HASSO HERING

A perspective from Oregon’s mid-Willamette Valley

Bridge completed 100 years ago: No big deal

Written August 2nd, 2021 by Hasso Hering

The Lafayette Street trestle leads to the Albany Railroad Bridge on July 26, as it has for more than a century.

Nobody is making a big deal of the 100th anniversary of the construction of the Albany railroad bridge across the Willamette River. That’s fitting, because when it was accomplished in 1921, the job made no splash in the papers of the time.

I paid attention to the age of the railroad bridge in a story back in January. If you missed it and care, you can read it here.

In the two Albany papers whose pages from 1921 are available on Newspapers.com, this bridge project is mentioned only twice, as far as I could find.

On Aug. 30, there’s one paragraph at the bottom of Page 4 of the Albany Democrat:

“Bridge Builder in Town,” it says. “W.H. Young and wife of Portland are spending a few days in Albany. Mr. Young is the builder and contractor in charge of the construction work on the new railroad bridge across the Willamette here. The old wooden bridge was the longest wooden railroad bridge in the world.”

That was it for the Democrat.

In the Evening Herald of Oct. 7, 1921, the bottom right corner of Page 1 looked like this:

In case you can’t read it, the story quotes construction superintendent Oscar Dilthy that the Southern Pacific bridge across the river will be complete by Nov. 15.

It reports the fascinating detail that the spans of the new steel bridge were put in place without disrupting train service on the line. “To make this possible, a small part of the wood structure has been removed from time to time and thus replaced by the steel construction.”

The wooden railroad bridge mentioned by the papers had been around since at least 1888. Like the steel structure that replaced it, it was a swing bridge that could be opened to let paddlewheel steamers go through.

If the new bridge was completed by the middle of November as the construction supervisor had expected, there’s nothing about it in the papers of that month. Maybe that’s because it was not a new crossing but just a replacement of the wooden spans that had been there for a long time. (hh)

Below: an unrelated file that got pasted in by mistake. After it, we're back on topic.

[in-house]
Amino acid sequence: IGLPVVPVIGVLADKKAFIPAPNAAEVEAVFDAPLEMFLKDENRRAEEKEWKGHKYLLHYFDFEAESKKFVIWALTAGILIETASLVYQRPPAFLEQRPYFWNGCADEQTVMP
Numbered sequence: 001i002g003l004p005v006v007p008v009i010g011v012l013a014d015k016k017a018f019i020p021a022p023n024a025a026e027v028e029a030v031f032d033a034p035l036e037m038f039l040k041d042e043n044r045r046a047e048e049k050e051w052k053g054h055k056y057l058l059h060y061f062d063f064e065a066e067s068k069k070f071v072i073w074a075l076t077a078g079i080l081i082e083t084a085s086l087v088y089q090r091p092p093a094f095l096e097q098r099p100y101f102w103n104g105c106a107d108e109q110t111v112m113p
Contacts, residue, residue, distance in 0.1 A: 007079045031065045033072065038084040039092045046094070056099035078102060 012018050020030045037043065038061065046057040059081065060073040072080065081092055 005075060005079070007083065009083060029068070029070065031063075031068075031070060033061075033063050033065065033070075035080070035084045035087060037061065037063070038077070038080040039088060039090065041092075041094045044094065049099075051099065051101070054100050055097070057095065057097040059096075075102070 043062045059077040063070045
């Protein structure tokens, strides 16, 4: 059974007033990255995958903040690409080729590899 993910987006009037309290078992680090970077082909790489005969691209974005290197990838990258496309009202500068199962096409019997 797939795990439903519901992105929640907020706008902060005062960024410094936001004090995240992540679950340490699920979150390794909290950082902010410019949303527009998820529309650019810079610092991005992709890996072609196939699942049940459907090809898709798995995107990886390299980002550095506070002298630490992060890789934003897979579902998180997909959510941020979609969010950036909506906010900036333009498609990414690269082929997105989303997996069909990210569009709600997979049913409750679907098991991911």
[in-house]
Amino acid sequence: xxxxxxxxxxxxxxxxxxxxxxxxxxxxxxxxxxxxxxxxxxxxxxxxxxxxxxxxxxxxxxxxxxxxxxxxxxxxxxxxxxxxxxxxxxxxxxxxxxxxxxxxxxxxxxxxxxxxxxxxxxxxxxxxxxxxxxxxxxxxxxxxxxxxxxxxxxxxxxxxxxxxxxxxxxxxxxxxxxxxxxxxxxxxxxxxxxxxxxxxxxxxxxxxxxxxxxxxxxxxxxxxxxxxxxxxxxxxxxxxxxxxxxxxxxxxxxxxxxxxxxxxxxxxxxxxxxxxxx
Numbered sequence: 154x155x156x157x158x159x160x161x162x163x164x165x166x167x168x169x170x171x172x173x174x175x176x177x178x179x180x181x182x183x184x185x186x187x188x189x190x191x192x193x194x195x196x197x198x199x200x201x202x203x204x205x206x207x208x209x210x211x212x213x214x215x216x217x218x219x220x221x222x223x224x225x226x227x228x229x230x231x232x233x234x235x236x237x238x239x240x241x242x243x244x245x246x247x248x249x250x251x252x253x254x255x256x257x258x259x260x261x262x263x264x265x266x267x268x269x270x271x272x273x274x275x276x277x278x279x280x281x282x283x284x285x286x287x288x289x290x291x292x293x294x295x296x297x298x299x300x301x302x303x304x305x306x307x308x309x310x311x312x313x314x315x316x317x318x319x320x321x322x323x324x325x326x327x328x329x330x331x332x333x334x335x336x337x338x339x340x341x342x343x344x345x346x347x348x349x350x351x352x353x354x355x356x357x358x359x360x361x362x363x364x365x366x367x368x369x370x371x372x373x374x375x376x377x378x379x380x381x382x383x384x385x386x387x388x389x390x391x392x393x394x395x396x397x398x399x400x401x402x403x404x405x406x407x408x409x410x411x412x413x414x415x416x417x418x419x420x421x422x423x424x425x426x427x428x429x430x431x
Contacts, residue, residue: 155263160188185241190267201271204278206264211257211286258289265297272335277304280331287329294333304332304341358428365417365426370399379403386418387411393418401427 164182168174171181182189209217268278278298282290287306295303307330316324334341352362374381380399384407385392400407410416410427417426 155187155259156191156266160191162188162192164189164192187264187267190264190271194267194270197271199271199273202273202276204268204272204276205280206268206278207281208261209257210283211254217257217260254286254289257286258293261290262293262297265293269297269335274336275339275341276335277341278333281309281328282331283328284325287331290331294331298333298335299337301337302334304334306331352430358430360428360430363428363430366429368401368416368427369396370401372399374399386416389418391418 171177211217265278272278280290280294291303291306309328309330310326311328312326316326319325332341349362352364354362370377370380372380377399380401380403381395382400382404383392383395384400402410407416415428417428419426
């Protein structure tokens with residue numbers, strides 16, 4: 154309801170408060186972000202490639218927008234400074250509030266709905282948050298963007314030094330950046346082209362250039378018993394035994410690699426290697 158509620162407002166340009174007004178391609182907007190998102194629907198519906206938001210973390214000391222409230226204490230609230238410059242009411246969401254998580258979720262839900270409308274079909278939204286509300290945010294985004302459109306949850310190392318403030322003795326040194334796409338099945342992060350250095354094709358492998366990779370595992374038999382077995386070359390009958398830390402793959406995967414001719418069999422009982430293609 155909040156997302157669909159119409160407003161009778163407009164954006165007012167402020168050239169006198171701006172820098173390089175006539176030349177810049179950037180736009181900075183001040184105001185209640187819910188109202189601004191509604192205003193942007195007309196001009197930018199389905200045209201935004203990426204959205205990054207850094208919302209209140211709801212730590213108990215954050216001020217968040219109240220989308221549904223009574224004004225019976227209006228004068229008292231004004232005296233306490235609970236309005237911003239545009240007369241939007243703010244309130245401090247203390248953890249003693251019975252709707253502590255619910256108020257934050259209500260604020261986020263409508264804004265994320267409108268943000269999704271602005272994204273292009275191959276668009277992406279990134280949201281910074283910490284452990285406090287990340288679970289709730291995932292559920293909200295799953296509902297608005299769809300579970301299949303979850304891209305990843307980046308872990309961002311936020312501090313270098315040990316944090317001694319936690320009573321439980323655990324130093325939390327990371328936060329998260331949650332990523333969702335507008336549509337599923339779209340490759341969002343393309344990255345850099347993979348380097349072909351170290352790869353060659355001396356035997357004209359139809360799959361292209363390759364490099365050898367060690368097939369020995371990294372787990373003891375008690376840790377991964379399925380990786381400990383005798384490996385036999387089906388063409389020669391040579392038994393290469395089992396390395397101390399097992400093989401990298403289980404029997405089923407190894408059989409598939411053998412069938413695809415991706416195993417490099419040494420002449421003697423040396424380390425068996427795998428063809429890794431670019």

The builders thought the completion of the job was important enough to inscribe the year it was done high up on the bridge.





5 responses to “Bridge completed 100 years ago: No big deal”

  1. Gordon L. Shadle says:

    The new bridge was announced in the Albany Evening Herald on Thursday, Aug 11, 1921, on page 1: “Will Tear Down Famous Bridge; Want Steel One.”

    Evidently the wood bridge was famous for “being the longest wooden span in the world.”

    In other news, the “Hotel de Catlin Makes Bid for All Comers.”

    This was “…Albany’s jail de luxe” that was “kalsomined, disinfected and sterilized and shining like a silver dollar….”

    Evidently the Chief of Police at the time was named Catlin.

    The reporter isn’t identified, but it sure sounds like something cub reporter Hering may have written.

  2. thomas earl cordier says:

    thanks for the history hh. I wonder how many million of tons of freight came over. All that was done by hand drawings and math done by hand. Pre slide-rule era says google

  3. Bill Maddy says:

    The first railroad bridge across the Willamette river at Albany was built by the Oregon Pacific Railroad Bridge in 1887, at the time the bridge was built it was the longest wooden pivot bridge in the world. Bridge building started in 1885, finished January 5, 1887 and first train crossed bridge January 6, 1887. The tracks ran from here to the roundhouse built by Oregon Pacific Railroad (closed and razed in 1964).

  4. Lundy says:

    “African golf” caught my eye. Also, from the headline I thought a half-dozen firearms were used, then from the story I realized it was one six-gun.

    • Gordon L. Shadle says:

      Caught my eye, too. I’m not an expert on craps, so I went searching for “African Golf.”

      Evidently back in the 1920’s craps was a favored game amongst African Americans. And “Golf” was a reflection of the great disparity in financial status of craps players and golfers. A pair of dice was much cheaper than a set of clubs. Hence the name, African Golf.

      And a further search of 1921 newspaper articles in Albany reveals a lengthy one on Wednesday, August 21, 1921 announcing “Mysterious Klu Klux Organizing Quietly” and “33 Albany Men Get Bids to Membership in Mysterious Klan.”

      Alcohol was frowned upon back then in Albany. But it looks like racism was alive and well. I wonder who the 33 men were? Maybe the Albany Regional Museum folks would know.

 

 
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